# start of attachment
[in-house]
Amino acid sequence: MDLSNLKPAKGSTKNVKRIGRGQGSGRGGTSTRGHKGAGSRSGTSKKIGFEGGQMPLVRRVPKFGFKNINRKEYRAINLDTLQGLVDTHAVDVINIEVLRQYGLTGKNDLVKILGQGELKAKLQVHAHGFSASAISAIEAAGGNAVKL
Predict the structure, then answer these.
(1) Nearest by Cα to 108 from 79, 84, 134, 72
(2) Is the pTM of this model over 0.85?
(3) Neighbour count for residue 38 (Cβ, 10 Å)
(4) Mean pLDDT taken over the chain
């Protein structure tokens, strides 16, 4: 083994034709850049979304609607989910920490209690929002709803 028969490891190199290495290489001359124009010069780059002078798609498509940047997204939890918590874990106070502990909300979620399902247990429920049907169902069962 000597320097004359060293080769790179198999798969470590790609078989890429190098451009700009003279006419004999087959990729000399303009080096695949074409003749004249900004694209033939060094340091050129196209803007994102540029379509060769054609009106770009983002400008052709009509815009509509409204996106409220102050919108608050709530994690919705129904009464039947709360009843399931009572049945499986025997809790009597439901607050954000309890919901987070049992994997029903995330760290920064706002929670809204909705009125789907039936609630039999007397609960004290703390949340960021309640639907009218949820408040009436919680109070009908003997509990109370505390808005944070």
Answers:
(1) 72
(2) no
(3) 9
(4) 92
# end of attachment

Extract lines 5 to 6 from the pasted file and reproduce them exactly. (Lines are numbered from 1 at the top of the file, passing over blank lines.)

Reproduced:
(2) Is the pTM of this model over 0.85?
(3) Neighbour count for residue 38 (Cβ, 10 Å)